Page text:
The Frenz Experiment was largely produced by Simon Rogers, who was officially a former member of the Fall, even as he played on many of the album’s tracks. For better or worse, he lets Mark E. Smith indulge his way to long, sprawl tracks like “Oswald Defence Lawyer,” inspired by the trial of John F. Kennedy’s assassin and basically free associative nonsense (“The cardboard fake in the witness stand/ He’s got an interview in Spin magazine/ He loves the magazine/ His mouth is in his brain/ The prosecution lawyer/ Turns himself to butter”), and “Bremen Nacht” which features Mark E. Smith prattling on about a bad concert experience in Germany, complete with lyrics delivered in mush-mouthed German. The material is so much strong when honed into a tight song with a dedicated point of view, as on opening track “Frenz,” featuring Mark E. Smith braying repeated variations of the phrase “My friends ain’t enough for one hand.”
On the acquired-taste scale where the Fall’s success was measured, The Frenz Experiment was a new peak for the band. It was their first album to chart in the Top 20 on the U.K. chart, and the cover of “Victoria” became their second Top 40 single there. Brix Smith stuck around for one more album, I Am Kurious Oranj, which was released later that year. The band kept right on chugging along for thirty more years, folding only when Mark E. Smith shuffled off this mortal coil.
321. The Teardrop Explodes, Kilimanjaro (1980)
Julian Cope cycled through a lot of bands, many of them with fellow Liverpudlian Ian McCulloch, before he struck up a friendship with drummer Gary Dwyer. Several collaboration bridges lying in ashes behind him, Cope suggested he and Dwyer form a new group, maybe for little reason more than characteristically bombastic narration in a Marvel Comics publication* had caused him to alight on a new band name: The Teardrop Explodes. Cope pulled keyboardist Paul Simpson and Mick Finkler from the wreckage of one of his earlier bands, and the new crew started working together on songs. Personnel churn happened from the start. Simpson left the Teardrop Explodes early on, and after a couple false starts in replacing him, David Balfe slipped into his slot. Finkler was fired halfway through recording the band’s debut album, and was replaced by Andy Gill. Through it all, the awkward, in-joke moniker stuck, and Kilimanjaro, the first full-length by the band, was released in the fall of 1980, with a U.S. drop happening a few months later.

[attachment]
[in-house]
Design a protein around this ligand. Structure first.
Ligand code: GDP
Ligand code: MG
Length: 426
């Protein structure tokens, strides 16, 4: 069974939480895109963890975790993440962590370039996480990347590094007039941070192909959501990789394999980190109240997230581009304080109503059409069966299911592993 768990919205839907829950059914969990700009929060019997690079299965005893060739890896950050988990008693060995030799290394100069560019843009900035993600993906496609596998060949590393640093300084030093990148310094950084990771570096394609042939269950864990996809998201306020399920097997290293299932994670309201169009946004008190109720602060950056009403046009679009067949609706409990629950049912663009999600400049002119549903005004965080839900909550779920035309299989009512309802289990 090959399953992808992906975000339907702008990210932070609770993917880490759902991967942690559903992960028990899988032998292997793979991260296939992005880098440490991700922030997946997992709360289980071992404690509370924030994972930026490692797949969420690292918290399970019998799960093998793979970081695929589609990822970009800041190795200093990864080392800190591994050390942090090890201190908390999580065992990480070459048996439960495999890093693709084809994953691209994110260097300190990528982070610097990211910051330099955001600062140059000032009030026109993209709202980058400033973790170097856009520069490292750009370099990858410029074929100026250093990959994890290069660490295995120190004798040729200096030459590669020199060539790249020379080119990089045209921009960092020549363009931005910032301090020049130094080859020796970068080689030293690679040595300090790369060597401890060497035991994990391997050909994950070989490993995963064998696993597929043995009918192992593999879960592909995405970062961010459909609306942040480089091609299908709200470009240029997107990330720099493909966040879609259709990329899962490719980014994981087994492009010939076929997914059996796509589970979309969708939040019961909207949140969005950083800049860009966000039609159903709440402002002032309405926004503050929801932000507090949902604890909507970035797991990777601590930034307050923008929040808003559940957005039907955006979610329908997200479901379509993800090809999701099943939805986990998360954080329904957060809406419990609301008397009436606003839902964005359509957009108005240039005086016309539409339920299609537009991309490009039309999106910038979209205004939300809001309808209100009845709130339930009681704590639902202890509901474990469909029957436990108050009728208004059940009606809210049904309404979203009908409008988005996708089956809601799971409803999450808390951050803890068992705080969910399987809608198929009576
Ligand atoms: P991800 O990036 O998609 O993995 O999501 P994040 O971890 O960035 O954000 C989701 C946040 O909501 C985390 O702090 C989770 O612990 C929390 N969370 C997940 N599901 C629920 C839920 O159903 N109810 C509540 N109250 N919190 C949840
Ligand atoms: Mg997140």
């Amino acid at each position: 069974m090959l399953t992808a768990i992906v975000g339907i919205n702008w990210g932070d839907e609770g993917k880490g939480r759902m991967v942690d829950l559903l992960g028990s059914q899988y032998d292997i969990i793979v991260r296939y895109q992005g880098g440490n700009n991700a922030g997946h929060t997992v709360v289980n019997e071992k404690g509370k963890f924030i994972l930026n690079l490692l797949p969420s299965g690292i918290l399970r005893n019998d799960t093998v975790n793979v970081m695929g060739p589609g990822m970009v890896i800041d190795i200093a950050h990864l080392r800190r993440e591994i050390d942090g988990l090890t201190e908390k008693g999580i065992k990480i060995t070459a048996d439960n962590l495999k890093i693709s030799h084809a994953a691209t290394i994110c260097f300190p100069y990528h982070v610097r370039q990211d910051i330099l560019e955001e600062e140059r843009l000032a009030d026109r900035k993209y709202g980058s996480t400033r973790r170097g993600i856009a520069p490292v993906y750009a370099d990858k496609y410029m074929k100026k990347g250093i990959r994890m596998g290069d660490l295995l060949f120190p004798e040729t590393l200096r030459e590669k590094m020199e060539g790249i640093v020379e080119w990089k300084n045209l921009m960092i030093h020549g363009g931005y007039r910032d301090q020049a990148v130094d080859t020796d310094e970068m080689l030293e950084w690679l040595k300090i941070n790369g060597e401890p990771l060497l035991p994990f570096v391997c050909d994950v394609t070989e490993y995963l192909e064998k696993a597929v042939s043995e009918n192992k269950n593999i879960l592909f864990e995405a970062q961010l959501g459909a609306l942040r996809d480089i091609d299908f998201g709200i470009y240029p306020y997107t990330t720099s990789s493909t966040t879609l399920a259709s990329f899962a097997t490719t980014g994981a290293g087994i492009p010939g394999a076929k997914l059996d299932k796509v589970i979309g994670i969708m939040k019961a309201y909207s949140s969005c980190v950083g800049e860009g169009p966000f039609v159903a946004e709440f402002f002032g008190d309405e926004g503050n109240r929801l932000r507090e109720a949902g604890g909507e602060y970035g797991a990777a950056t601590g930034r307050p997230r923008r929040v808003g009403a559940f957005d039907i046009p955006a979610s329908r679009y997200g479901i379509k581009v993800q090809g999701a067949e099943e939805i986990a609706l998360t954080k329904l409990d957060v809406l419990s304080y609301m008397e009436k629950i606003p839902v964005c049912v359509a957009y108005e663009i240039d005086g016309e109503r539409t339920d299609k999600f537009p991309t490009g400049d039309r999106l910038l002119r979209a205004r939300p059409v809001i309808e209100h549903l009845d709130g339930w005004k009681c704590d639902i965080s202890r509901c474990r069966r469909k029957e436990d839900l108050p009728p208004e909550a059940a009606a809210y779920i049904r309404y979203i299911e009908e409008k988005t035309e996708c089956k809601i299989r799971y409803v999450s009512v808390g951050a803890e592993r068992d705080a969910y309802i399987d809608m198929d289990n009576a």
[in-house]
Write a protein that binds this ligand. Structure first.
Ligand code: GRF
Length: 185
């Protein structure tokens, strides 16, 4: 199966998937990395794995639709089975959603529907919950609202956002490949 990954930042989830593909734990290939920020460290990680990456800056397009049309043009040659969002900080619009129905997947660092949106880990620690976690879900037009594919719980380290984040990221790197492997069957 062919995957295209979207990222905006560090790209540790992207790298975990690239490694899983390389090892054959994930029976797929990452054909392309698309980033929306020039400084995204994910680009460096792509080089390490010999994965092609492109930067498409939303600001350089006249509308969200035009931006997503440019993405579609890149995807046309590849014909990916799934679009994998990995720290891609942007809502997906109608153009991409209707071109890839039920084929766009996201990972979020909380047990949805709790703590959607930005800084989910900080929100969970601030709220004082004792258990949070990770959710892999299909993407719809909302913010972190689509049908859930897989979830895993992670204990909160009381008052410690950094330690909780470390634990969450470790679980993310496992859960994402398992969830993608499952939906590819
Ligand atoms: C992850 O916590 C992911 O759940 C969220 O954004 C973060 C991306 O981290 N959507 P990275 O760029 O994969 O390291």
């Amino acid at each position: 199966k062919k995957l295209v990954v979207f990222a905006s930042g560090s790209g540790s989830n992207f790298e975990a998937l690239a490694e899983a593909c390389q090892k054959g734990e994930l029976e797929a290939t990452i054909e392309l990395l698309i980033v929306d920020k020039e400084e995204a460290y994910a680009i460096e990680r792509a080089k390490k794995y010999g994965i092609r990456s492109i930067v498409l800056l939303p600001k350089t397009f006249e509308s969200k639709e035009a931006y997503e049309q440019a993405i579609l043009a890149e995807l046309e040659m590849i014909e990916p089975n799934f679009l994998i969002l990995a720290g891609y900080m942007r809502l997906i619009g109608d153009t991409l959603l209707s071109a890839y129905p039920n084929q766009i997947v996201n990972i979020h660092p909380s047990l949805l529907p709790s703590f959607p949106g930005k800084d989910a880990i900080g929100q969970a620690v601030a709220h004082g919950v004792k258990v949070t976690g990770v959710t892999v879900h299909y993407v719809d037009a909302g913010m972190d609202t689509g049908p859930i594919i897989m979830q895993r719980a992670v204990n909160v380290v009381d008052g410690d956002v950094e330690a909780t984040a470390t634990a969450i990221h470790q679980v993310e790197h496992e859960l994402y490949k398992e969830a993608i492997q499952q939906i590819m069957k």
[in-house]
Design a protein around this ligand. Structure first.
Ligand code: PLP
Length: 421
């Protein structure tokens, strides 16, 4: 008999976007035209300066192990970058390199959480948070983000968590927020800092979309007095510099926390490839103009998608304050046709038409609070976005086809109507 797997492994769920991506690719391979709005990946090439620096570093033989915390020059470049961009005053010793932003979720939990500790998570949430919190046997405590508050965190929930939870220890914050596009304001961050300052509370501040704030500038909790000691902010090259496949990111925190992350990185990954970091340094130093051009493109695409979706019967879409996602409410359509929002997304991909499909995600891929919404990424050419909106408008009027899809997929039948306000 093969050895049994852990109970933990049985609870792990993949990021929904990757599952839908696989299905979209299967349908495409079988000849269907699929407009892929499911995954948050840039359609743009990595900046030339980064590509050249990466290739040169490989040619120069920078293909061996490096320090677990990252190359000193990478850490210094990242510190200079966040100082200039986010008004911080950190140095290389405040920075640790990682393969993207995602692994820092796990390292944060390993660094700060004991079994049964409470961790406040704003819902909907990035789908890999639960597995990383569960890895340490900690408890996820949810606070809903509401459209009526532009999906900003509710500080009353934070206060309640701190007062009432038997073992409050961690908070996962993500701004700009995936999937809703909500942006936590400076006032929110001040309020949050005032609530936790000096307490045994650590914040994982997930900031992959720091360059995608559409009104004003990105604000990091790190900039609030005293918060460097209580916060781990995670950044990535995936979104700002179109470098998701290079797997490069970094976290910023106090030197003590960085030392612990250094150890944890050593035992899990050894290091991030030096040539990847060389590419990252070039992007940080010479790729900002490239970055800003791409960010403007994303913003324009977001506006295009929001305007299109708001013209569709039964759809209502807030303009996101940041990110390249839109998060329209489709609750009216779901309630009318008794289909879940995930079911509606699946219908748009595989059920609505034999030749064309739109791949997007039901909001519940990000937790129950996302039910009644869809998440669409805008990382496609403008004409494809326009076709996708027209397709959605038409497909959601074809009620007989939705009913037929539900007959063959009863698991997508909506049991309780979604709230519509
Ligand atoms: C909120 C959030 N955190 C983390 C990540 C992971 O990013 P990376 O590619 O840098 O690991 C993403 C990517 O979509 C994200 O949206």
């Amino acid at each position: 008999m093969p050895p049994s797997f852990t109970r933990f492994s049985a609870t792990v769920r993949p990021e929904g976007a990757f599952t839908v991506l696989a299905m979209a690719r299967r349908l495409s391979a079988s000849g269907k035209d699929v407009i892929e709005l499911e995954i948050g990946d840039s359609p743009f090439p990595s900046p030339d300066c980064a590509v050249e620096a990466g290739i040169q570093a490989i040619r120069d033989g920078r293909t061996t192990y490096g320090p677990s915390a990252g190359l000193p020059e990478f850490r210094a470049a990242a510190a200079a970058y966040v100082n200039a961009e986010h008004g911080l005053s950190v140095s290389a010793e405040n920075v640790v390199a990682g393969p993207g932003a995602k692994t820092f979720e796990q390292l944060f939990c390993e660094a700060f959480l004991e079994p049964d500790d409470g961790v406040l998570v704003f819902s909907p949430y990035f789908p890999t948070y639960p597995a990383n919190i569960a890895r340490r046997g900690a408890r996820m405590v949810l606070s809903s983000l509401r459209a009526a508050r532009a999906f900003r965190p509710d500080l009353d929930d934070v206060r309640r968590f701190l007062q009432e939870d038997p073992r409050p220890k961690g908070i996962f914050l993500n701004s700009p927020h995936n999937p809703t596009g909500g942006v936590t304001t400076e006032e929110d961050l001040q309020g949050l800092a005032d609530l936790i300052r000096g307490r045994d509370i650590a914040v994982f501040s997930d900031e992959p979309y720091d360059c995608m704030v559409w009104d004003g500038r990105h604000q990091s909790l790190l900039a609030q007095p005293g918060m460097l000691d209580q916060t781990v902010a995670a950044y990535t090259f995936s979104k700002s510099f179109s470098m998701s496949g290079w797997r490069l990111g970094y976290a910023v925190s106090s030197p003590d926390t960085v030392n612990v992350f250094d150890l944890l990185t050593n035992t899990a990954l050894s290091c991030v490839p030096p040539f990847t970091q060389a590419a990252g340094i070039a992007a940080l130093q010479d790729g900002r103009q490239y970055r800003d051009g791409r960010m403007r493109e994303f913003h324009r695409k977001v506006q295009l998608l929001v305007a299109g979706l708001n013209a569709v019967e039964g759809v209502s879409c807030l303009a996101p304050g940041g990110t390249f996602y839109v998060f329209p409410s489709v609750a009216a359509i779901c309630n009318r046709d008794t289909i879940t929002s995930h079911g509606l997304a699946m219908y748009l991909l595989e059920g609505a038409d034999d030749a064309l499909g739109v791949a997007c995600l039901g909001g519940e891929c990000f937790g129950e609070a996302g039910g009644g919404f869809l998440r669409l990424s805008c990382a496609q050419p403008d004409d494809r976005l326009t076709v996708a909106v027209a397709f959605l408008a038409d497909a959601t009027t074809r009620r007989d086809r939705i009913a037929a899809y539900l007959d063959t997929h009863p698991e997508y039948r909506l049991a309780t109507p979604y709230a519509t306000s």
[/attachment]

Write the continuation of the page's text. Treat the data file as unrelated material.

If Cope’s people skills were up for debate, he sure knew his way around a pop song. Kilimanjaro is dense with material that somehow manages to capture the fervent drive of post-punk and reconfigure it to gleaming vibrancy. “Ha Ha I’m Drowning” is forceful yet somehow sunny sounding as it recounts relationship misery (“The stupid things you said/ You only try to hurt me/ The stupid things you say/ You hurt me deep inside”). “Treason” is slickly constructed, and “Brave Boys Keep Their Promises” is plunky and stealthily cinematic. Conceding that Cope’s later biker-wizard aesthetic might contribute to the notion, he really does seem to spin a sort of sorcery to conjure pop wonderment out of unlikely ingredients. I’m not why the lengthy, burbling “When I Dream,” with its jabbering chorus “And when I dream I dream about you/ And when I scream I scream about you/ I go ba ba ba ba oh oh/ I go ba ba ba ba oh oh” repeated so long it nearly reaches to the event horizon, feels like a tight pop song, but it does.
The album unleashes ingenuity with every rotation. “Books” is bright and bold, “Reward” has a pulsing, horn-blasted energy, and “Poppies in the Field” lithe pop with psychedelic touches. There was more of the latter’s sweet trippiness to come from Cope, in part because of his introduction to mind-altering substances late in the process of recording Kilimanjaro, when new recruit Gill proffered him a joint. It was the first sampling of a psychoactive drug for the previously clean Cope, but it definitely wouldn’t be the last.
*That would be Daredevil #77, true believer!
To learn more about this gigantic endeavor, head over to the introduction. Other entries can be found at the CMJ Top 1000 tag. Most of the images in these posts come straight from the invaluable Discogs.